And second, Mexican President Felipe Calderon’s popular but oft-questioned strategy of throwing the military at the cartels ÷ some 25,000 soldiers have been deployed to violence-ravaged states like Michoacan this year ÷ “is starting to pay dividends,” insists a high-ranking Mexican official.

Rolling on the floor, laughing. Love the way they throw that in to try to get some credit, but particularly love the fact that it is attributed to a “high-ranking Mexican official.” That’s right — announcing that a massive government program is having any effect can only be done anonymously (perhaps because they’re afraid of being killed? — which kind of ruins the effect of declaring victory)
Of course, the government efforts have been abysmal, adding to the violence and the human rights violations, and potentially the corruption (and then swelling the ranks of militaristic cartel members).

But both countries, rightly, remain as skeptical as they are optimistic. That’s because Mexico’s narco-terror isn’t just about the Sinaloa-Gulf feud. It’s also a struggle between opposing mind-sets in each cartel: the more pragmatic businessmen, who are worried that all the blood has begun to hamper the efficiency of their cocaine distribution “plazas” in Mexico and along the U.S. border; and the more violent enforcers, who tend to see trafficking competition as a zero-sum game. The latter have enjoyed the upper hand ever since Mexico’s traditional cartel structures began to disintegrate about five years ago and gangs like the Zetas ÷ former army special forces soldiers who today are the Gulf cartel’s dominant faction ÷ filled the vacuum. As a result, the success or failure of any cartel negotiation is likely to rest on which priority prevails ÷ commerce or conquest.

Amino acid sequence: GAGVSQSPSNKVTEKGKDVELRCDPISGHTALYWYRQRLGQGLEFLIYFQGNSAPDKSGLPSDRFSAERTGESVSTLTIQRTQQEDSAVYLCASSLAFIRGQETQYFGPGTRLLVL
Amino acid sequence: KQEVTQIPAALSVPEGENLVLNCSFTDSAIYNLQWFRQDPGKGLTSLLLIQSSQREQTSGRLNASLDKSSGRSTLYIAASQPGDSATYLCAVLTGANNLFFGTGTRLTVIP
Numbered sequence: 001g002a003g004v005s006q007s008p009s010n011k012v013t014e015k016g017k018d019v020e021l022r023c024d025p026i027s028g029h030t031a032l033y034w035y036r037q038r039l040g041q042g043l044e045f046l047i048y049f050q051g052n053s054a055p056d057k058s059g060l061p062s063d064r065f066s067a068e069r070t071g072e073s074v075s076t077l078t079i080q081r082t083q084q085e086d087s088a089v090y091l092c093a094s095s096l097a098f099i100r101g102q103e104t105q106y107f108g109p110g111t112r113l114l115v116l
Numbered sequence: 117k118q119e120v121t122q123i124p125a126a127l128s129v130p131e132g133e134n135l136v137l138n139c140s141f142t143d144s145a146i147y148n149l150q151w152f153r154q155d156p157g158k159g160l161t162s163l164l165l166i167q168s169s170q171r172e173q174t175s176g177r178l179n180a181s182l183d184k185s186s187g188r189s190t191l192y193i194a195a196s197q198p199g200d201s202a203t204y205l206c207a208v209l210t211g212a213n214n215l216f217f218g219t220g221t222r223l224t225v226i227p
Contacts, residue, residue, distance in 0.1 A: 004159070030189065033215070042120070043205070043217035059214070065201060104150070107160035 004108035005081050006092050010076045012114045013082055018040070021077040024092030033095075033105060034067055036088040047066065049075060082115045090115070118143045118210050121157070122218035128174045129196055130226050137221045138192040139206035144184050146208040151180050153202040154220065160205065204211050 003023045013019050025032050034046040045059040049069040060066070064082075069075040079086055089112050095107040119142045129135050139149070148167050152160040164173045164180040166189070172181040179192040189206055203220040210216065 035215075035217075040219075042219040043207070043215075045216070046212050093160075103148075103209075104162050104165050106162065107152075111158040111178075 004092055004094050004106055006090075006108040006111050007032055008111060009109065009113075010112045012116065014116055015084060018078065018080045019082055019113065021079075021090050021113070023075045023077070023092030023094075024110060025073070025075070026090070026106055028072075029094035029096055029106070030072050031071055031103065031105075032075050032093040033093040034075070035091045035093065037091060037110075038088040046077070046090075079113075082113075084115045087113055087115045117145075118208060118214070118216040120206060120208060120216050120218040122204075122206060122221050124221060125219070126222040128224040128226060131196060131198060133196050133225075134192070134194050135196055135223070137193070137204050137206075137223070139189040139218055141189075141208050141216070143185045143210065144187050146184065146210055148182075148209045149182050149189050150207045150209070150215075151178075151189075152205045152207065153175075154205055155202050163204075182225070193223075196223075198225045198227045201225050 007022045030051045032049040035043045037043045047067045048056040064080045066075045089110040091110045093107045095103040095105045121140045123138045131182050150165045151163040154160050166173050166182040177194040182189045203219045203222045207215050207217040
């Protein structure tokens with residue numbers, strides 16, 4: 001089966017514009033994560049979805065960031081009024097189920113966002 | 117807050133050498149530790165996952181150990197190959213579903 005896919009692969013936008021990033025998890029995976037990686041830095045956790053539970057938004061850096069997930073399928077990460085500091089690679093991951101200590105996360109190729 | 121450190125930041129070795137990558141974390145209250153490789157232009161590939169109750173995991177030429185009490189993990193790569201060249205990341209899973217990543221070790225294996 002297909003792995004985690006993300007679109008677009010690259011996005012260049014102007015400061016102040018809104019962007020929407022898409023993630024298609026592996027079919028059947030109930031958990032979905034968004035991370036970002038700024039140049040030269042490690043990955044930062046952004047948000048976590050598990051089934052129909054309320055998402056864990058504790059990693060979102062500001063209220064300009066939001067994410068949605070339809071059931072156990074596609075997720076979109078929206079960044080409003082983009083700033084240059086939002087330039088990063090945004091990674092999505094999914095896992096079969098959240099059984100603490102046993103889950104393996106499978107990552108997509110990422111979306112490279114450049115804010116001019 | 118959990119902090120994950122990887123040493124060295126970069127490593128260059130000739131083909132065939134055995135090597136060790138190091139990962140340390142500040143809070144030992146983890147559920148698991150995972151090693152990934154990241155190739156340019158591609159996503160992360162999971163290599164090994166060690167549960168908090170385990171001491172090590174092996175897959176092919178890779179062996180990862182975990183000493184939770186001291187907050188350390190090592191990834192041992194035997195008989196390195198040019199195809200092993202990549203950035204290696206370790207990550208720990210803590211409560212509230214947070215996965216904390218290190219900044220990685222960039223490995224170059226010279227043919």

That’s an interesting analysis. Keep in mind that the U.S. spent most of its energies trying to break up the “pragmatic businessmen,” while actually helping to train some of the “violent enforcers.” That’s right, the U.S. Army trained a lot of the members of Los Zetas at the School of the Americas in Fort Benning, Georgia to combat the cartels. They then ended up going into business for themselves.

And even if the cartels do come to an agreement that might reduce the violence, it won’t reduce the trafficking. That’s because the U.S. still has not done enough to reduce its voracious demand for cocaine, marijuana and methamphetamines, and because Mexico has yet to really confront one of the main causes of the country’s narco-chaos: underpaid and under-trained cops who are easily bought by the cartels and, in many states and cities, have simply become part of the cartel fabric (and as a result are often the victims of cartel assassinations).

The U.S. or Mexico have also not had any luck repealing the law of gravity.
The main cause of narco-chaos is that drugs are in the black market. Period.

In the meantime, Mexicans hope the cease-fire reports hold true ÷ as does Washington, which stands to see border headaches like illegal immigration worsen if the violence continues to spiral.

Yeah, that’s good policy. Just hope that the drug traffickers can get along. Because the U.S. and Mexico don’t have anything else they’re doing that’ll work any better.

Daily Show

Jon Stewart, showing the banner Joseph Frederick held up on that snowy day at the Olympic torch relay, along with video of the large Olympic torch…

“If Jesus had a bong, that is totally the lighter that He’d use.”